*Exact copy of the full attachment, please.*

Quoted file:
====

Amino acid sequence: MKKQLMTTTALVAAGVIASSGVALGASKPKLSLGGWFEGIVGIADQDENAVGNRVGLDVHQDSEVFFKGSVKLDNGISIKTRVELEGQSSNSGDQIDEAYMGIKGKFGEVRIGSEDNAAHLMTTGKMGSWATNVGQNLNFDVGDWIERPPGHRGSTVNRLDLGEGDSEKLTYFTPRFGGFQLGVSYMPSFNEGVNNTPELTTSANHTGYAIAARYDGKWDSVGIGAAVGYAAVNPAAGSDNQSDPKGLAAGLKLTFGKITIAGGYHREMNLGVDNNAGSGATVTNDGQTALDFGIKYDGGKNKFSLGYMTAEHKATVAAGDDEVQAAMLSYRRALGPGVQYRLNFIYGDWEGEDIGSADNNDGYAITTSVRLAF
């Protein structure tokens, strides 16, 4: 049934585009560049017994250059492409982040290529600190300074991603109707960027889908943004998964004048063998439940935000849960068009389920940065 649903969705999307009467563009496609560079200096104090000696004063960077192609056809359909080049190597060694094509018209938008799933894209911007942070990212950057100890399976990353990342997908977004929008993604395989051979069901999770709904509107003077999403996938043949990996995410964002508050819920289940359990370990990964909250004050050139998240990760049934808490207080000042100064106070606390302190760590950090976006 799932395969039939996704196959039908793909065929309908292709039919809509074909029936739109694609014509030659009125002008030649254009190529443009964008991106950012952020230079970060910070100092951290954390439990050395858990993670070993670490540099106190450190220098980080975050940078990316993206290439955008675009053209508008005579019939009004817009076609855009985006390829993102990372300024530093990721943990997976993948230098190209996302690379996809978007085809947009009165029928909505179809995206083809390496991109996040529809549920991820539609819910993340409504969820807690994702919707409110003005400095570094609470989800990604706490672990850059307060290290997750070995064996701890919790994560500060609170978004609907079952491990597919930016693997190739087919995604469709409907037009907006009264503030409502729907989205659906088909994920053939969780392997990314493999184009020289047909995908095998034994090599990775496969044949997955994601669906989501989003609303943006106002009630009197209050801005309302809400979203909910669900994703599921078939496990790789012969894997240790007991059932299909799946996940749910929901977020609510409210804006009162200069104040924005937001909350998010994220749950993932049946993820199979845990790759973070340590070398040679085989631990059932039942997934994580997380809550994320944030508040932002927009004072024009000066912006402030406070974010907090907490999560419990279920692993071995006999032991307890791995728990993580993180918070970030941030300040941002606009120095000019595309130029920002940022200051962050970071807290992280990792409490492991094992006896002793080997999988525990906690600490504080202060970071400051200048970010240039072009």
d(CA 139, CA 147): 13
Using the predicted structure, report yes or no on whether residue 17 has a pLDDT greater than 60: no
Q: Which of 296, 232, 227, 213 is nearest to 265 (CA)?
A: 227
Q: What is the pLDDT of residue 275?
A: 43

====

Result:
Amino acid sequence: MKKQLMTTTALVAAGVIASSGVALGASKPKLSLGGWFEGIVGIADQDENAVGNRVGLDVHQDSEVFFKGSVKLDNGISIKTRVELEGQSSNSGDQIDEAYMGIKGKFGEVRIGSEDNAAHLMTTGKMGSWATNVGQNLNFDVGDWIERPPGHRGSTVNRLDLGEGDSEKLTYFTPRFGGFQLGVSYMPSFNEGVNNTPELTTSANHTGYAIAARYDGKWDSVGIGAAVGYAAVNPAAGSDNQSDPKGLAAGLKLTFGKITIAGGYHREMNLGVDNNAGSGATVTNDGQTALDFGIKYDGGKNKFSLGYMTAEHKATVAAGDDEVQAAMLSYRRALGPGVQYRLNFIYGDWEGEDIGSADNNDGYAITTSVRLAF
């Protein structure tokens, strides 16, 4: 049934585009560049017994250059492409982040290529600190300074991603109707960027889908943004998964004048063998439940935000849960068009389920940065 649903969705999307009467563009496609560079200096104090000696004063960077192609056809359909080049190597060694094509018209938008799933894209911007942070990212950057100890399976990353990342997908977004929008993604395989051979069901999770709904509107003077999403996938043949990996995410964002508050819920289940359990370990990964909250004050050139998240990760049934808490207080000042100064106070606390302190760590950090976006 799932395969039939996704196959039908793909065929309908292709039919809509074909029936739109694609014509030659009125002008030649254009190529443009964008991106950012952020230079970060910070100092951290954390439990050395858990993670070993670490540099106190450190220098980080975050940078990316993206290439955008675009053209508008005579019939009004817009076609855009985006390829993102990372300024530093990721943990997976993948230098190209996302690379996809978007085809947009009165029928909505179809995206083809390496991109996040529809549920991820539609819910993340409504969820807690994702919707409110003005400095570094609470989800990604706490672990850059307060290290997750070995064996701890919790994560500060609170978004609907079952491990597919930016693997190739087919995604469709409907037009907006009264503030409502729907989205659906088909994920053939969780392997990314493999184009020289047909995908095998034994090599990775496969044949997955994601669906989501989003609303943006106002009630009197209050801005309302809400979203909910669900994703599921078939496990790789012969894997240790007991059932299909799946996940749910929901977020609510409210804006009162200069104040924005937001909350998010994220749950993932049946993820199979845990790759973070340590070398040679085989631990059932039942997934994580997380809550994320944030508040932002927009004072024009000066912006402030406070974010907090907490999560419990279920692993071995006999032991307890791995728990993580993180918070970030941030300040941002606009120095000019595309130029920002940022200051962050970071807290992280990792409490492991094992006896002793080997999988525990906690600490504080202060970071400051200048970010240039072009």
d(CA 139, CA 147): 13
Using the predicted structure, report yes or no on whether residue 17 has a pLDDT greater than 60: no
Q: Which of 296, 232, 227, 213 is nearest to 265 (CA)?
A: 227
Q: What is the pLDDT of residue 275?
A: 43